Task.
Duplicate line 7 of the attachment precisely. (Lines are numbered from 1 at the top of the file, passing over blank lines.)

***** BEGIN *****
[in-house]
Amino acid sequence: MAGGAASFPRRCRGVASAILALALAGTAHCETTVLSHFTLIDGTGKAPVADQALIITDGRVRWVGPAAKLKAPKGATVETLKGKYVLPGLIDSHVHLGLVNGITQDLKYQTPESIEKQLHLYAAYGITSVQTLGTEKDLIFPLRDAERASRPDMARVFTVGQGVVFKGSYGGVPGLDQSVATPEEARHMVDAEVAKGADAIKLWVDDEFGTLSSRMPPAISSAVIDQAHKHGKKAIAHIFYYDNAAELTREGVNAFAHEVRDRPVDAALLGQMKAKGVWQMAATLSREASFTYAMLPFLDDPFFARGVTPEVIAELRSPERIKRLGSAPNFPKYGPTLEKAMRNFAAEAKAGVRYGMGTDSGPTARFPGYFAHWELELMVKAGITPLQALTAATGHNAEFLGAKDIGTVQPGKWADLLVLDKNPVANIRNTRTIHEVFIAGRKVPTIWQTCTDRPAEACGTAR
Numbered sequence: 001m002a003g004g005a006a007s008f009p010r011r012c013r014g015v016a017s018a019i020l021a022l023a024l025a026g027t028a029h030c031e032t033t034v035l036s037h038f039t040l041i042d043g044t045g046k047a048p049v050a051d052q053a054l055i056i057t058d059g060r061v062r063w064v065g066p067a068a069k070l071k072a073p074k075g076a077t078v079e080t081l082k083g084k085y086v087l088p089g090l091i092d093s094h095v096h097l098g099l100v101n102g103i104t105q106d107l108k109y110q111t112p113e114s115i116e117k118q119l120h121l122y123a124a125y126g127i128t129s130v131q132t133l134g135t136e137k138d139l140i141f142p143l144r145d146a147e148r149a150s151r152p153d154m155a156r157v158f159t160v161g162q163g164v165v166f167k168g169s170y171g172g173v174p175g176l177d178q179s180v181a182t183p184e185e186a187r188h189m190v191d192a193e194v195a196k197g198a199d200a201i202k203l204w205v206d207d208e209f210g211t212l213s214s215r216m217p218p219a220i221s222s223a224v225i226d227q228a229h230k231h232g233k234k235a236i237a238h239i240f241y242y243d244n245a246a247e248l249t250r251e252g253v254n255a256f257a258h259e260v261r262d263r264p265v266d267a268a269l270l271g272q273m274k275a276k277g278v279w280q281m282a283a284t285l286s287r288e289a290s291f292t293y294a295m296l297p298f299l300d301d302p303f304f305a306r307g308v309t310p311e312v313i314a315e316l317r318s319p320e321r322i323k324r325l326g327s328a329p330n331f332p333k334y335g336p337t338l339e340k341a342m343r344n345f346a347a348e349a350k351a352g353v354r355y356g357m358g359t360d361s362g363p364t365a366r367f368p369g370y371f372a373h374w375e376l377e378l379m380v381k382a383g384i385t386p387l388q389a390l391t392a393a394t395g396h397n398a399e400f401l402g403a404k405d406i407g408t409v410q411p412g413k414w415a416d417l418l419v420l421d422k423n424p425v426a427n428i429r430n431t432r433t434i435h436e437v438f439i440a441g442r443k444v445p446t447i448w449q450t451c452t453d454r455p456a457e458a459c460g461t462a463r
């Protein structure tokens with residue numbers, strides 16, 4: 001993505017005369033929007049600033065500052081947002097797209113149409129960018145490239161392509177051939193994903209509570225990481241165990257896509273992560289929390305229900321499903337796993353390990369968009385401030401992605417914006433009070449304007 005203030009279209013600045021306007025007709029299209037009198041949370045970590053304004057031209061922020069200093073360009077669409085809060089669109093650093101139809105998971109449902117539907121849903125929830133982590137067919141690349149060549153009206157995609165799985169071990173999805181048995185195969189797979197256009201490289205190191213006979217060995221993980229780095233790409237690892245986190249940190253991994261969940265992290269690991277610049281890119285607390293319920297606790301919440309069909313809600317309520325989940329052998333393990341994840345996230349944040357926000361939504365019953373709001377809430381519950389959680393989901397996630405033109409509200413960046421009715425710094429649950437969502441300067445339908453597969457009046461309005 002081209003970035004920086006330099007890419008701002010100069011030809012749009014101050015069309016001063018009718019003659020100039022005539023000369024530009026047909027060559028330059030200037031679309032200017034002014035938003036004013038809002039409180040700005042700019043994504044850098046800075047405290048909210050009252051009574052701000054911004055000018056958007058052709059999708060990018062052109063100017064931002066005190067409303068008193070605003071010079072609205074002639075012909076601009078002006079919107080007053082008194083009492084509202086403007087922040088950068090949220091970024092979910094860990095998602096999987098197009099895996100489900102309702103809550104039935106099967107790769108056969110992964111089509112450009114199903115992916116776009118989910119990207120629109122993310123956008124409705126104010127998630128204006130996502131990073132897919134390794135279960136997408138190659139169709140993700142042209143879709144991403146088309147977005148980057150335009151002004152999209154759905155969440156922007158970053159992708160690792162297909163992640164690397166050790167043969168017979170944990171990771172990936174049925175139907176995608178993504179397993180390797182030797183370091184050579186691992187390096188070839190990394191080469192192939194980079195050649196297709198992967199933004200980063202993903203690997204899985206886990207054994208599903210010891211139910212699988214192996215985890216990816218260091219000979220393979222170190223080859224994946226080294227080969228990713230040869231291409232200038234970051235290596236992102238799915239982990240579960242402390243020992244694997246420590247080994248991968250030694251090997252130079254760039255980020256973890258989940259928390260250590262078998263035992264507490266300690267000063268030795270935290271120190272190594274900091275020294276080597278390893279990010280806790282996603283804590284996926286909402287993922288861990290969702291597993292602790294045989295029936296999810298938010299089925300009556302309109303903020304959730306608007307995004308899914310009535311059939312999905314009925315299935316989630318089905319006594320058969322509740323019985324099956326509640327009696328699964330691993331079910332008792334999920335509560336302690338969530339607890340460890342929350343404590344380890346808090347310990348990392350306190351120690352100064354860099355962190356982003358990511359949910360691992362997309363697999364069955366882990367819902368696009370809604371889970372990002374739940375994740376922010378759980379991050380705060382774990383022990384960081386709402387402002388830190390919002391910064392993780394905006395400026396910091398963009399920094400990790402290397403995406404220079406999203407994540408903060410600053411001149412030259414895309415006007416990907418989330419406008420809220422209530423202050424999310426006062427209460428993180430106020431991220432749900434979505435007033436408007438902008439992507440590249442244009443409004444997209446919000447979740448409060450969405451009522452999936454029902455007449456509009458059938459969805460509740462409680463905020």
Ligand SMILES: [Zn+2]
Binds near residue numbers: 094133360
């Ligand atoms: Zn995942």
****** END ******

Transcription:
């Ligand atoms: Zn995942």